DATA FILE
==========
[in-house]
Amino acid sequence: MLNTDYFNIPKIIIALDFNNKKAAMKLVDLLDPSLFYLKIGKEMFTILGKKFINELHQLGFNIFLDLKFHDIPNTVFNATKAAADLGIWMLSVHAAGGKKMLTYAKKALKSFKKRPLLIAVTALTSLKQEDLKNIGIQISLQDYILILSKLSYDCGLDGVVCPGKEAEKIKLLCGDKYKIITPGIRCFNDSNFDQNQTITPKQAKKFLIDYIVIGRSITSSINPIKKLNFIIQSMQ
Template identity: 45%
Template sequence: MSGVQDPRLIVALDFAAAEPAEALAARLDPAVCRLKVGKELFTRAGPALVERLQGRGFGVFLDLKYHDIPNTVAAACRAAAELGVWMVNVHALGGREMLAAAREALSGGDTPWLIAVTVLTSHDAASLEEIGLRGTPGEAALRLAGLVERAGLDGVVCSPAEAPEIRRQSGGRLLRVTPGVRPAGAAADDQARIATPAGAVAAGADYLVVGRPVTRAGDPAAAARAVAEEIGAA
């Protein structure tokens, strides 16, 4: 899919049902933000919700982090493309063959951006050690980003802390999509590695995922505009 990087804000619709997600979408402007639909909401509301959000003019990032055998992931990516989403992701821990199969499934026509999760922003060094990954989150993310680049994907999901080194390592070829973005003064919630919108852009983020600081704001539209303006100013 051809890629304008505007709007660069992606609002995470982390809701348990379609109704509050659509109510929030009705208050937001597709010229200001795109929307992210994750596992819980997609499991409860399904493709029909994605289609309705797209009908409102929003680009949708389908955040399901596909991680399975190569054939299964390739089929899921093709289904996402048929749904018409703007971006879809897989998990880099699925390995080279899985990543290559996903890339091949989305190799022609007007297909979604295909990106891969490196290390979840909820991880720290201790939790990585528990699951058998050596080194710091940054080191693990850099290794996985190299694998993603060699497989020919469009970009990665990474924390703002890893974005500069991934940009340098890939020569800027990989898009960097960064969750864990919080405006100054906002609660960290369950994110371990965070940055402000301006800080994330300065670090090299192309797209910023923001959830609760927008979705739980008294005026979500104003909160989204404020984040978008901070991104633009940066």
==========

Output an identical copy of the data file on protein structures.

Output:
[in-house]
Amino acid sequence: MLNTDYFNIPKIIIALDFNNKKAAMKLVDLLDPSLFYLKIGKEMFTILGKKFINELHQLGFNIFLDLKFHDIPNTVFNATKAAADLGIWMLSVHAAGGKKMLTYAKKALKSFKKRPLLIAVTALTSLKQEDLKNIGIQISLQDYILILSKLSYDCGLDGVVCPGKEAEKIKLLCGDKYKIITPGIRCFNDSNFDQNQTITPKQAKKFLIDYIVIGRSITSSINPIKKLNFIIQSMQ
Template identity: 45%
Template sequence: MSGVQDPRLIVALDFAAAEPAEALAARLDPAVCRLKVGKELFTRAGPALVERLQGRGFGVFLDLKYHDIPNTVAAACRAAAELGVWMVNVHALGGREMLAAAREALSGGDTPWLIAVTVLTSHDAASLEEIGLRGTPGEAALRLAGLVERAGLDGVVCSPAEAPEIRRQSGGRLLRVTPGVRPAGAAADDQARIATPAGAVAAGADYLVVGRPVTRAGDPAAAARAVAEEIGAA
């Protein structure tokens, strides 16, 4: 899919049902933000919700982090493309063959951006050690980003802390999509590695995922505009 990087804000619709997600979408402007639909909401509301959000003019990032055998992931990516989403992701821990199969499934026509999760922003060094990954989150993310680049994907999901080194390592070829973005003064919630919108852009983020600081704001539209303006100013 051809890629304008505007709007660069992606609002995470982390809701348990379609109704509050659509109510929030009705208050937001597709010229200001795109929307992210994750596992819980997609499991409860399904493709029909994605289609309705797209009908409102929003680009949708389908955040399901596909991680399975190569054939299964390739089929899921093709289904996402048929749904018409703007971006879809897989998990880099699925390995080279899985990543290559996903890339091949989305190799022609007007297909979604295909990106891969490196290390979840909820991880720290201790939790990585528990699951058998050596080194710091940054080191693990850099290794996985190299694998993603060699497989020919469009970009990665990474924390703002890893974005500069991934940009340098890939020569800027990989898009960097960064969750864990919080405006100054906002609660960290369950994110371990965070940055402000301006800080994330300065670090090299192309797209910023923001959830609760927008979705739980008294005026979500104003909160989204404020984040978008901070991104633009940066």